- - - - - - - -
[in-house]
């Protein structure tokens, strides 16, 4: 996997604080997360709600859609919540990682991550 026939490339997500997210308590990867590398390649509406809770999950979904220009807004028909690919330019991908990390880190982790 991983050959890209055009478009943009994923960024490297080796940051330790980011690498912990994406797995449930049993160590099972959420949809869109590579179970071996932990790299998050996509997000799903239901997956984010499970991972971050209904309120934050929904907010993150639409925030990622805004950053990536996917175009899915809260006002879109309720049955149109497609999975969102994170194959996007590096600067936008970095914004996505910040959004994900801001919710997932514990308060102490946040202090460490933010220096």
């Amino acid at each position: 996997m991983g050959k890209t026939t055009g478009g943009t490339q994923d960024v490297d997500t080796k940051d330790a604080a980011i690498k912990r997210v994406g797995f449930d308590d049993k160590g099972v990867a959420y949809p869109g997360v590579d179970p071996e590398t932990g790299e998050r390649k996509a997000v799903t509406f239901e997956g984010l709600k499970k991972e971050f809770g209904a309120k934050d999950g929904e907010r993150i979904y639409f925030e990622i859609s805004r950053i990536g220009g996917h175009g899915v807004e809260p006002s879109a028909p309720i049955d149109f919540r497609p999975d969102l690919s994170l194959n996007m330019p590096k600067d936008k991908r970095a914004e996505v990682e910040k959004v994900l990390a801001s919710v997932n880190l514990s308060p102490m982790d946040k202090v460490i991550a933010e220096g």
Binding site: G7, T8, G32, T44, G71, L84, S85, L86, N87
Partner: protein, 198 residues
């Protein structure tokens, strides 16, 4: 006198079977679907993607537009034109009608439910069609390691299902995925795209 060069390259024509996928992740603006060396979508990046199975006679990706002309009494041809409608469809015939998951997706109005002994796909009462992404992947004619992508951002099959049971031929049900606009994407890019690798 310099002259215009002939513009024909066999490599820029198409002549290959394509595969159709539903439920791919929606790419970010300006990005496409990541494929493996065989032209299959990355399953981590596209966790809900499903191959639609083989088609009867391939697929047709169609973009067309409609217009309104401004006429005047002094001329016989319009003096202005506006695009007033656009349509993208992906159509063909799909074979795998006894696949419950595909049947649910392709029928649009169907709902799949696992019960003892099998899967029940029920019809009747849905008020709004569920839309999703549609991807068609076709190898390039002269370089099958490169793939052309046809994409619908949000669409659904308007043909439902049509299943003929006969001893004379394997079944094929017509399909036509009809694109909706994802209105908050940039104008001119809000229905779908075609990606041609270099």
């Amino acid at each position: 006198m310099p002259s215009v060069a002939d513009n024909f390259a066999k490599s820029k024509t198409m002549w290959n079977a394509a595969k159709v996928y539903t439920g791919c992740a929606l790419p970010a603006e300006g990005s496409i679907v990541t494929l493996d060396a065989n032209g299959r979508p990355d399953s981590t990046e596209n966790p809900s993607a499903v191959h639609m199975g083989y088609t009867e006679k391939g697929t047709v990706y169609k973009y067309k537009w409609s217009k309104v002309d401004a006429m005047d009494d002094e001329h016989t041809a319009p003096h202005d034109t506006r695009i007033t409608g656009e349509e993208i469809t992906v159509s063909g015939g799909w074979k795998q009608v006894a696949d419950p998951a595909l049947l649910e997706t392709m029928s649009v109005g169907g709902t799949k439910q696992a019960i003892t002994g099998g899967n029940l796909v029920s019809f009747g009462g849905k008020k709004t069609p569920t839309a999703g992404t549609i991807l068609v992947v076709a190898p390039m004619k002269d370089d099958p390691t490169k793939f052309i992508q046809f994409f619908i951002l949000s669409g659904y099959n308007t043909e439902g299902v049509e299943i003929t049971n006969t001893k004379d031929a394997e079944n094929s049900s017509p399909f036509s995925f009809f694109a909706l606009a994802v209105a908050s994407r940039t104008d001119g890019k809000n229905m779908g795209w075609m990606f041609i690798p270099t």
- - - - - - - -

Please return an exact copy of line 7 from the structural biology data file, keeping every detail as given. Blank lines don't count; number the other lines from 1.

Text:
């Amino acid at each position: 006198m310099p002259s215009v060069a002939d513009n024909f390259a066999k490599s820029k024509t198409m002549w290959n079977a394509a595969k159709v996928y539903t439920g791919c992740a929606l790419p970010a603006e300006g990005s496409i679907v990541t494929l493996d060396a065989n032209g299959r979508p990355d399953s981590t990046e596209n966790p809900s993607a499903v191959h639609m199975g083989y088609t009867e006679k391939g697929t047709v990706y169609k973009y067309k537009w409609s217009k309104v002309d401004a006429m005047d009494d002094e001329h016989t041809a319009p003096h202005d034109t506006r695009i007033t409608g656009e349509e993208i469809t992906v159509s063909g015939g799909w074979k795998q009608v006894a696949d419950p998951a595909l049947l649910e997706t392709m029928s649009v109005g169907g709902t799949k439910q696992a019960i003892t002994g099998g899967n029940l796909v029920s019809f009747g009462g849905k008020k709004t069609p569920t839309a999703g992404t549609i991807l068609v992947v076709a190898p390039m004619k002269d370089d099958p390691t490169k793939f052309i992508q046809f994409f619908i951002l949000s669409g659904y099959n308007t043909e439902g299902v049509e299943i003929t049971n006969t001893k004379d031929a394997e079944n094929s049900s017509p399909f036509s995925f009809f694109a909706l606009a994802v209105a908050s994407r940039t104008d001119g890019k809000n229905m779908g795209w075609m990606f041609i690798p270099t």